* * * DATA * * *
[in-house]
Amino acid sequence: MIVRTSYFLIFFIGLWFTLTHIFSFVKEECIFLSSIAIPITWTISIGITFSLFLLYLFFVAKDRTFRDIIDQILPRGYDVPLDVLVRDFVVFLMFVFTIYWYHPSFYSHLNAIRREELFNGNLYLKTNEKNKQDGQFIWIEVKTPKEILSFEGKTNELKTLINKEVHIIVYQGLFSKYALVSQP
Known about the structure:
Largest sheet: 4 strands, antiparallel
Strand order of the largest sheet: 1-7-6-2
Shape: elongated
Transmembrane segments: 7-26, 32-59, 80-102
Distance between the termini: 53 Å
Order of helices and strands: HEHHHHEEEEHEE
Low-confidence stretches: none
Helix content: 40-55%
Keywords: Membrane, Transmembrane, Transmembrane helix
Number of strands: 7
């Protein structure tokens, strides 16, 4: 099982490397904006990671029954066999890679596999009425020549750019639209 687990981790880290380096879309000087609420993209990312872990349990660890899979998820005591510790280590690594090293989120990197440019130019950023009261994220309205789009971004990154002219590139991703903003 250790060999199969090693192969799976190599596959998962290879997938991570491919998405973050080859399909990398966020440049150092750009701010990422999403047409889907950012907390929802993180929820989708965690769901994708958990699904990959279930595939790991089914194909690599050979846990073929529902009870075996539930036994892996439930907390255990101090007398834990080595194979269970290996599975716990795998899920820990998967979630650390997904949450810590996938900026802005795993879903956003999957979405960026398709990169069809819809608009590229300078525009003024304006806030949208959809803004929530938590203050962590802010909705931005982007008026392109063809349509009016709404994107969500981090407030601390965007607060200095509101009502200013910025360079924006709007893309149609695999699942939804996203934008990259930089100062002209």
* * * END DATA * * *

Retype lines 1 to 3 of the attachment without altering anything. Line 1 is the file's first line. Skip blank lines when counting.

[in-house]
Amino acid sequence: MIVRTSYFLIFFIGLWFTLTHIFSFVKEECIFLSSIAIPITWTISIGITFSLFLLYLFFVAKDRTFRDIIDQILPRGYDVPLDVLVRDFVVFLMFVFTIYWYHPSFYSHLNAIRREELFNGNLYLKTNEKNKQDGQFIWIEVKTPKEILSFEGKTNELKTLINKEVHIIVYQGLFSKYALVSQP
Known about the structure: